Seven (new) things to do when you visit Stonehenge. British Archaeology 137, 16–23.

2013

Context & significance of the stone assemblages, in A re-examination of rhyolitic bluestone “debitage” from the Heelstone & other areas within the Stonehenge Landscape, by RA Ixer & RE Bevins, Wiltshire Archaeological & Natural History Magazine 106, 13–14

Introduction to A Year at Stonehenge (Frances Lincoln), photos by James O Davies

2009

A year at Stonehenge. Antiquity 83, 184–94

2008

A photo by Bill Brandt, and the intimacy of perceptions of Stonehenge and landscape. Landscapes 9, 1–27

Stonehenge: now what? British Archaeology 99, 10–15

The henge builders. Archaeology Jan/Feb 2008, 48–55 (cover story)

Response: Stonehenge is unique – the road tunnel would have respected that. Guardian Mar 11

Stonehenge [review of recent excavations]. British Archaeology 102, 12–17 (with extra reading list online)

2007

A revised date for the early medieval execution at Stonehenge. Wiltshire Studies 100, 202–3 (with D Hamilton & A Reynolds)

Stonehenge. In Gaimster, D, McCarthy, S & Nurse, B (eds) Making History: Antiquaries in Britain 1707–2007 (London: Royal Academy of Arts), 227–31

2006

The real Stonehenge. Society of Antiquaries of London presentation, May 5

Letters to Times (with Julian Richards & Aubrey Burl) Feb 23, Guardian Jun 17, Daily Telegraph Jun 24 (on the A303 tunnel)

2005

Hysteria gloom and foreboding [Allan Sorrell at Stonehenge]. British Archaeology 83 (Jul/Aug), 16–19

Stonehenge… Live. Channel 5, June 20–21

2003

A future for Stonehenge. Current Archaeology 185, 197–201 (with J Richards)

Stonehenge for All. Report for English Heritage (66,000 words)

Don’t knock the ancestors. Antiquity 77, 172–8

Obituary Gerald Hawkins. Guardian 24 July

2002

An Anglo-Saxon decapitation and burial at Stonehenge (with Alex Bayliss, Jacqueline McKinley, Anthea Boylston, Paul Budd, Jane Evans, Carolyn Chenery, Andrew Reynolds & Sarah Semple). Wiltshire Archaeological & Natural History Magazine 95, 131–46

2001

Hengeworld (2nd ed). Arrow

2000

Hengeworld. Century

Murder at Stonehenge. Channel 4

1987

Three exhibited photos in Visions of Stonehenge, Southampton City Art Gallery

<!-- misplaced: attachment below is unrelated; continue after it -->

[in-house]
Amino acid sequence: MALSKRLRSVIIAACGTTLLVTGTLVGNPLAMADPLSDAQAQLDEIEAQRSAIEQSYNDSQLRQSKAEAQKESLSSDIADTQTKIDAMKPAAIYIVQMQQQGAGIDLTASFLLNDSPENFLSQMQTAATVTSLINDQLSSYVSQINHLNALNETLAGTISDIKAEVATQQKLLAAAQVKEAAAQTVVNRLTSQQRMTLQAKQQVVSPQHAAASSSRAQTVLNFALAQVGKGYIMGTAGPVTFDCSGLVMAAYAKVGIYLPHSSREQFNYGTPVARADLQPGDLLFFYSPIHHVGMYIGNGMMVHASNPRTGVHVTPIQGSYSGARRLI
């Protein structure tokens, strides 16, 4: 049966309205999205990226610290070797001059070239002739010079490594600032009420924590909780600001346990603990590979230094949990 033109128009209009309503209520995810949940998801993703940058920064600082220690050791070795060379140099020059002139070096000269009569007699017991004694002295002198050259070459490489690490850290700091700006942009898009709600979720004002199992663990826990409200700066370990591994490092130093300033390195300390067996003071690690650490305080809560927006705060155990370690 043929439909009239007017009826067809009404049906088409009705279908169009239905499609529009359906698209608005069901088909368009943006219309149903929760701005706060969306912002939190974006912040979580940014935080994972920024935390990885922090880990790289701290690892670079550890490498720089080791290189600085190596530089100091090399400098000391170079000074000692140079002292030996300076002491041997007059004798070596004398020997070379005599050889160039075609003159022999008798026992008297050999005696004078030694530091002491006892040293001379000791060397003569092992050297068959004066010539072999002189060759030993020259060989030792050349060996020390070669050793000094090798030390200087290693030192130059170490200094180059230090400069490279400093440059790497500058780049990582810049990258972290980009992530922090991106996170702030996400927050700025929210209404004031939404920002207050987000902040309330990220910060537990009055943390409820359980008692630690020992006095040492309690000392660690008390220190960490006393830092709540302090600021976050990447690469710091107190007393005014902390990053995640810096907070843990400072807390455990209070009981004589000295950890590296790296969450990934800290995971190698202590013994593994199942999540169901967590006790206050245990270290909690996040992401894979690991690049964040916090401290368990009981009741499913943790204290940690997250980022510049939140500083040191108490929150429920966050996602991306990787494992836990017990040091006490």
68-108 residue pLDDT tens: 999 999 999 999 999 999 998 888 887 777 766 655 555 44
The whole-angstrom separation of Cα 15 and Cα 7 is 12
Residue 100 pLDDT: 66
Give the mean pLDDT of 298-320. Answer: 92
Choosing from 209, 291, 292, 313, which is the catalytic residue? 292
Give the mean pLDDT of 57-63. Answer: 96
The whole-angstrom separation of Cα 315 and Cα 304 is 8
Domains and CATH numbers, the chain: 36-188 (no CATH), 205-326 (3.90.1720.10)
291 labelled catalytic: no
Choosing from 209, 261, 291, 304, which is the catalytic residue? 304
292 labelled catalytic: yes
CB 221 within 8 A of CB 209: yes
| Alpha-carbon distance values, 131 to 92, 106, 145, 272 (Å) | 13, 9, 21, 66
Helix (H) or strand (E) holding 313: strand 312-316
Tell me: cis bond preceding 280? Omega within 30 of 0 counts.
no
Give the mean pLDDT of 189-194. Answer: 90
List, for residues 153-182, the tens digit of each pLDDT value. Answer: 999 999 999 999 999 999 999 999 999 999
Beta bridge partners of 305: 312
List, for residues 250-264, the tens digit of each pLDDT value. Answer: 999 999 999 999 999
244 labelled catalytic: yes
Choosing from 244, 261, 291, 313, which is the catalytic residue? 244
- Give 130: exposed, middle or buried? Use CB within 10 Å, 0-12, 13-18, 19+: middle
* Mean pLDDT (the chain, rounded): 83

1982

On the road to Stonehenge: report on investigations beside the A344 in 1968, 1979 and 1980. Proceedings of the Prehistoric Society 48, 75–132

1981

Stones, pits and Stonehenge. Nature 290, 46–7

The discovery of a new stone at Stonehenge. Archaeoastronomy 4.2, 16–21

 

Excavation in 1979 looking west, emptying the stone pit beside the Heelstone. Crouching on the grass are Richard Atkinson (left) and Mike Pitts; standing are Andrew Saunders and Collin Bowen; in trench are Hilary Howard and Sue Davies (photo Arthur ApSimon)

The same looking east. This shows the extent of the 1979 dig. Unknown at the time, we were to return in 1980 to open another trench immediately to the west (photo Arthur ApSimon)

17 responses

  1. Ronald Kaye

    To Mike Pitts

    Would they move the large rocks during the winter over the frozen ground to stonehenge to set them in the summer ?

    July 16, 2009 at 12:04 am

    • No – the climate was as warm if not warmer than now. I’ve more on my blog http://www.sarsen.org about moving the rocks.

      November 29, 2011 at 4:26 pm

      • I think that to answer how rocks were moved we should answer how the 67 ft megalith at Carnac was moved-this is another order of difficulty.Stonehenge must have been a piece of cheese in comparison.

        October 5, 2012 at 11:53 am

  2. mikepitts

    This is (to me) a surprisingly common question. I commented on it at some length elsewhere on the site (on the Welcome page, https://mikepitts.wordpress.com/about/)

    November 29, 2011 at 9:44 pm

  3. http://stone-lord.blogspot.co.uk/

    A new, fictional interpretation of the tale of Arthur, set back in prehistory and using
    real archaeology and anthropological evidence from the Stonehenge landscape where I’ve lived and worked these last six years. Marden, Durrington and Avebury are featured. When it comes out in the Autumn you can have a copy, Mike. I’d be curious to see what you think!